And try to keep in mind, the manufacturer of the equipment wants to see you succeed. It makes sense that if you do well, they’ll do well because their profits are linked directly to yours. When a dealer buys a piece of equipment – especially capital equipment – they’re buying into a partnership.
And when it comes to equipment, remember that it helps make money. Dealers need it anyway, so it might as well pay dividends.
Seasonal Maintenance is Like Christmas in July
Selling seasonal service is always an effective profit tool. What better time to do a full vehicle checkup than during the fall/winter and spring/summer seasons? All you have to do is tell it to the customer.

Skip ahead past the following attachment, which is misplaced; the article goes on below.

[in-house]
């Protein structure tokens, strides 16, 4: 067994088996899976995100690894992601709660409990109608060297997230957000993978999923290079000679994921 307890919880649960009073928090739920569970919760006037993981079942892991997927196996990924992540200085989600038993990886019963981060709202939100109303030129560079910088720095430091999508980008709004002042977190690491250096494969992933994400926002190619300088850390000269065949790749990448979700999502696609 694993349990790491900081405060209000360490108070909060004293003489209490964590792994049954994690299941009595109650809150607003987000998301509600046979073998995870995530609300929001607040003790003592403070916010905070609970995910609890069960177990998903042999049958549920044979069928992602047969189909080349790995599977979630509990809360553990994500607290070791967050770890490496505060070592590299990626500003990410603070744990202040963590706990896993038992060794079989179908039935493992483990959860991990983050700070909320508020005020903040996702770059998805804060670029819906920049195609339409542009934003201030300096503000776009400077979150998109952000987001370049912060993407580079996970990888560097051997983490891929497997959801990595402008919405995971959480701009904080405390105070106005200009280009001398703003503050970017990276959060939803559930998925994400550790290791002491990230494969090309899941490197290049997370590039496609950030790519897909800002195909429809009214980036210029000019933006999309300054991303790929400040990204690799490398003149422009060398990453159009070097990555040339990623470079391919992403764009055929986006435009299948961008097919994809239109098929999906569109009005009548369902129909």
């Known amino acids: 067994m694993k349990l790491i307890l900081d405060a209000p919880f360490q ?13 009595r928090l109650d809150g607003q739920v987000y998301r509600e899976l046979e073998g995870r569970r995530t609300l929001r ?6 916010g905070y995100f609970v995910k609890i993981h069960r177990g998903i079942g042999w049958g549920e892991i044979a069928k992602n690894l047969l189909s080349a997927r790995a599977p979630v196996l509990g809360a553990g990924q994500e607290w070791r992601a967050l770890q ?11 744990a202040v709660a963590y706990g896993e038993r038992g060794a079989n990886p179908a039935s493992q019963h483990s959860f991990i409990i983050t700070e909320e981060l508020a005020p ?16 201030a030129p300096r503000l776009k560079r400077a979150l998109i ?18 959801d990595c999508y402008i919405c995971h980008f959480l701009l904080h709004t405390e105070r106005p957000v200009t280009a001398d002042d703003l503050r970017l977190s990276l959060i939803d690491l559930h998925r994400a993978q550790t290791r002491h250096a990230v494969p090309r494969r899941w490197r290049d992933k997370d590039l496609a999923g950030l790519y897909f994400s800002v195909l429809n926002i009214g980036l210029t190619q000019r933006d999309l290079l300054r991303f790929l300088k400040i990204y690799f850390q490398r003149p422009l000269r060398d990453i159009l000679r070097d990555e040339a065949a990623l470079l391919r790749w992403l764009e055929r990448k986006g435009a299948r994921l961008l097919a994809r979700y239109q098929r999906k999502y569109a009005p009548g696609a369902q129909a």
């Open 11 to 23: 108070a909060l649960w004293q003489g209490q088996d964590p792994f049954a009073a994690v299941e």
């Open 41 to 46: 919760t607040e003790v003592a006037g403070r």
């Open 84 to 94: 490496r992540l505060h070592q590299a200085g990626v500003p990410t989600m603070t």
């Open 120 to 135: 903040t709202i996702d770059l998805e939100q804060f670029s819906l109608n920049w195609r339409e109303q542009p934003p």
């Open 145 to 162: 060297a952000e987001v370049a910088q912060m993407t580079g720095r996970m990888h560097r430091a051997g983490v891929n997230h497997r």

It’s probably a little harder to sell seasonal maintenance in the winter months. Customers are looking to pay off Christmas bills and are dealing with higher heating costs. But there are many service items that need to be given the once over before the snow gets too deep.
Tires naturally affect traction, handling and braking. Tread depth is critical, as is alignment. Balancing and rotation problems can surface in the form of cupped or uneven wear. And don’t forget about inflation pressure.
Brakes are always important, especially on slick, icy roads. Make sure to check pedal feel and stopping ability. Pulling, grabbing, noise or a pulsation could be signs of bigger problems. Rotors, linings, calipers and drums should also be given the customary inspection, as should fluid levels and the brake lines. Even something as simple as the brake lights can be critical in winter conditions.